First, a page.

Basic Kinematics

If you’ve never done physics before, this is a good place to start.

Today we’re gonna cover the most basic aspect of physics. In fact, it’s so simple that most people consider it math. Let’s get started.


What are we interested in mechanics? Most of the time, you want to find the position of an object as a function of time. For now, just consider the one dimensional case. If you set up a convenient zero for your x axis, then you can measure all positions relative to that point.

If an object is to the left, it has a negative position. If it’s to the right, it’s positive, and if it’s exactly on the zero point, than the position is zero. You measure the position in meters, or centimetres, or micrometers, or light years or any length unit you want. And you represent it as \displaystyle x(t).

The t stands for time. Again, you set up a convenient zero point and measure all times relative to that point. For example, if you’re throwing the ball, I could define the zero point in time as the instant the ball goes out of your hand. Then I can assign a positive time for when it hits the ground. Notice I can also assign a negative time. For example, negative two seconds might be when you’re picking the ball up and preparing to throw.

What does x(t) mean? We say x is a function of time. Think of it as a snapshot. At each point in time t, the object of interest is at a specific and unique (no quantum yet!) point x(t).

Ok. So let’s say that x(t) = (5 m/s) \cdot t+3m. This means that at time t, the ball is at the position (5 m/s) \cdot t+3m relative to the origin of the x axis. What else can we say about this function?

It’s a straight line! We say that this object is not accelerating or it is moving at a constant speed. More on this later.

Not all trajectories are straight lines. For example,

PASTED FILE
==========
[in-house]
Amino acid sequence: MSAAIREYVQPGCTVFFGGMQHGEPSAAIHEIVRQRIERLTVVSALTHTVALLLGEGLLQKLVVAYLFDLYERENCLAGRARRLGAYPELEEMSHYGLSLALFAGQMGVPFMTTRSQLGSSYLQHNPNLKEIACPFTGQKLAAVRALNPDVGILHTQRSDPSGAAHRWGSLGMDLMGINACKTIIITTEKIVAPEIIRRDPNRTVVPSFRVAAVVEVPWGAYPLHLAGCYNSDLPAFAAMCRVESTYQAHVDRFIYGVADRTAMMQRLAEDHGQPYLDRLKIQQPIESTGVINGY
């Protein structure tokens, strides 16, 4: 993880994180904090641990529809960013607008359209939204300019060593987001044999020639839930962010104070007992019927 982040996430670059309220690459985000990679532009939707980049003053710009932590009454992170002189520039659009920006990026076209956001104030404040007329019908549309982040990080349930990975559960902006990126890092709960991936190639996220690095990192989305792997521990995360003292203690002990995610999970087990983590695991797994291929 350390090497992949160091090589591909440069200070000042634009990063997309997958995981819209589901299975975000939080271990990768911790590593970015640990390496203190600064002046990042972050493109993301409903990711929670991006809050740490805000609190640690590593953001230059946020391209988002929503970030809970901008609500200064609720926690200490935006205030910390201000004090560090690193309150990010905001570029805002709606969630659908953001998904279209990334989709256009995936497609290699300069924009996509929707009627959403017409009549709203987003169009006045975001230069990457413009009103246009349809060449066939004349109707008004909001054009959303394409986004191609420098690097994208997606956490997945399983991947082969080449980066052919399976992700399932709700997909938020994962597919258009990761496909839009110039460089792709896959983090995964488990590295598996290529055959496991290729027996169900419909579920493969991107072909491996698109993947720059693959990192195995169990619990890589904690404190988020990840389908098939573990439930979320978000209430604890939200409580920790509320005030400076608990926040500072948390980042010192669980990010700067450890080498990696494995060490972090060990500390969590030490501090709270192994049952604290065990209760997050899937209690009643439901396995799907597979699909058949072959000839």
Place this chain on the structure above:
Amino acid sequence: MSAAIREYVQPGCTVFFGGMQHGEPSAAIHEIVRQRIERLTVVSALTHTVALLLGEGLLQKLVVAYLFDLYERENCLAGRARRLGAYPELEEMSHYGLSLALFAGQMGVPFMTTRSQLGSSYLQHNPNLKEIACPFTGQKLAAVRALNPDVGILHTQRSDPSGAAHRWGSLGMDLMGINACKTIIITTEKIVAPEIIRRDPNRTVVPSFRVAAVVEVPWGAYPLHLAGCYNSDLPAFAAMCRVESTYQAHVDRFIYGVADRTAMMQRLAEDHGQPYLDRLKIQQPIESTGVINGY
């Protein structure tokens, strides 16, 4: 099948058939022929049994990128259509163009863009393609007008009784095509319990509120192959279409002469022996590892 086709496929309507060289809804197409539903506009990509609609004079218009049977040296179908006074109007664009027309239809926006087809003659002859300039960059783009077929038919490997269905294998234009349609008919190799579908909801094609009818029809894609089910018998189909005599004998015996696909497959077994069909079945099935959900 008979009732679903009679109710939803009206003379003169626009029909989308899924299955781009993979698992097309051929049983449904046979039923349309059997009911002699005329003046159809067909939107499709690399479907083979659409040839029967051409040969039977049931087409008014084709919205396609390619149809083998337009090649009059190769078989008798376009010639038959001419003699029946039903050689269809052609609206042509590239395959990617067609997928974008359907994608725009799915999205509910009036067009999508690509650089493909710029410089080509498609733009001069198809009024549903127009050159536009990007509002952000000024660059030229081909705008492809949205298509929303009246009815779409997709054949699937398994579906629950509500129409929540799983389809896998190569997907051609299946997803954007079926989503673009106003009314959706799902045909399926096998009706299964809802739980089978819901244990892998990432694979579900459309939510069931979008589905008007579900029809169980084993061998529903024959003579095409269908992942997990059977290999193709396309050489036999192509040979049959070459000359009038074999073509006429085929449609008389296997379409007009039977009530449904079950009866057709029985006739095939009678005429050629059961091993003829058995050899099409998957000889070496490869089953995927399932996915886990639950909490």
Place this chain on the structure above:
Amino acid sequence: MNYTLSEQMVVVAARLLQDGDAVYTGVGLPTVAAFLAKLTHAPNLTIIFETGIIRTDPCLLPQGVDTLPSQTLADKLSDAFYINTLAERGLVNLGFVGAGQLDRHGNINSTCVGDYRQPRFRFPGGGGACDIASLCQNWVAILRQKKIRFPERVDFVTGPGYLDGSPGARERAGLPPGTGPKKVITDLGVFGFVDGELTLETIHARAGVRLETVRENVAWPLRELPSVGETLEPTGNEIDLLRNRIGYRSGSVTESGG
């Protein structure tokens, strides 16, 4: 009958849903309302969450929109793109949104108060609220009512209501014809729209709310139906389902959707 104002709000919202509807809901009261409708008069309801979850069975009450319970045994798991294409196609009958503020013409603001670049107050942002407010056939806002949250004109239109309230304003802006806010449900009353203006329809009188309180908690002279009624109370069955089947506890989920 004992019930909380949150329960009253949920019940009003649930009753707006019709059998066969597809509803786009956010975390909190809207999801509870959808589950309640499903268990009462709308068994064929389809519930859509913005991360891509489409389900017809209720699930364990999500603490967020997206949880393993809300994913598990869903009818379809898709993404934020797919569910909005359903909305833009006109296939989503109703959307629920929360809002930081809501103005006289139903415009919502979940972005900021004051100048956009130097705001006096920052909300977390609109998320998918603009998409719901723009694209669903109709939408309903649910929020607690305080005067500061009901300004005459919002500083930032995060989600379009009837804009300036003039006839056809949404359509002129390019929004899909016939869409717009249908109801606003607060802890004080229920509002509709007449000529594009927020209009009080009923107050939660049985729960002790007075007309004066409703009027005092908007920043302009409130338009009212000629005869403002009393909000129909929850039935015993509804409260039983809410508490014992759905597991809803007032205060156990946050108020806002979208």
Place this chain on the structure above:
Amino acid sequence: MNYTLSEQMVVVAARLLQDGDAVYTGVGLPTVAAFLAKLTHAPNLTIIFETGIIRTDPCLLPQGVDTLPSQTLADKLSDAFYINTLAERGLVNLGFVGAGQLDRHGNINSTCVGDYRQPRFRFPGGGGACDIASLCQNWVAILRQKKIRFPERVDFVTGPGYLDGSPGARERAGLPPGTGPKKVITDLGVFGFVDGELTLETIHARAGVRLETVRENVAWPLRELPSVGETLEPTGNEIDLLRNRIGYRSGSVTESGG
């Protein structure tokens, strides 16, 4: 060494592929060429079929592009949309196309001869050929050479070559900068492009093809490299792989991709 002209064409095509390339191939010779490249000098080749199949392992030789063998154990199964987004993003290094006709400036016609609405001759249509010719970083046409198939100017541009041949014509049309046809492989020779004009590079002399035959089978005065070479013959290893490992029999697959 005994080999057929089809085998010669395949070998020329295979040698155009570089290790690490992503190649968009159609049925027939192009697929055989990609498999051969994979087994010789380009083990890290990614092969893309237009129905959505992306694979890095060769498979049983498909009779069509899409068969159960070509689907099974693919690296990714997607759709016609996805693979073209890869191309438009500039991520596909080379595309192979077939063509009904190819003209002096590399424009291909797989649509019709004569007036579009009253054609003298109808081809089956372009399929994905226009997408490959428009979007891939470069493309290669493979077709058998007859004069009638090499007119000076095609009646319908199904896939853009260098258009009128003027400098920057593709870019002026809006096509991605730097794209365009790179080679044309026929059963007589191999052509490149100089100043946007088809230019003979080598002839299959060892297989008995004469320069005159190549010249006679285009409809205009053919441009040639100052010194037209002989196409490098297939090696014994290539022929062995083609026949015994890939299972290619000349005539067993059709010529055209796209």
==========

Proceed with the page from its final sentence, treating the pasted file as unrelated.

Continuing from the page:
x(t) = (5m) \cos{\frac{t}{5s}}.

This is actually the solution to a mass on a spring. I’ll talk more about this in another post.

The next important concept is


You probably already know that velocity equals distance over time. Here’s the problem. If the position of the object is not a straight line, then when you take a finite distance over a corresponding time interval, you are actually taking the average velocity.

 For example, let’s say that I walk at a constant speed of 1 m/s to the grocery store and then turn around to walk back. If the grocery store is 100m from me, it will take me 100s to walk there. Since velocity is distance over time, my average velocity over this interval is just 100m/100s=1m/s exactly as you would expect.

However, let’s take the average velocity over 200s. After this time interval, I made it to the grocery store and I’m back at home, so distance is zero. Therefore velocity is automatically zero!

This example shows that average velocity is not what we are looking for. Now let’s try another experiment. Let’s say that you average over smaller and smaller time intervals. For example, let’s say that your time interval is 0.000001s. Then if you know the average velocity over this interval, then you pretty much know the velocity at this instant. Here’s the math.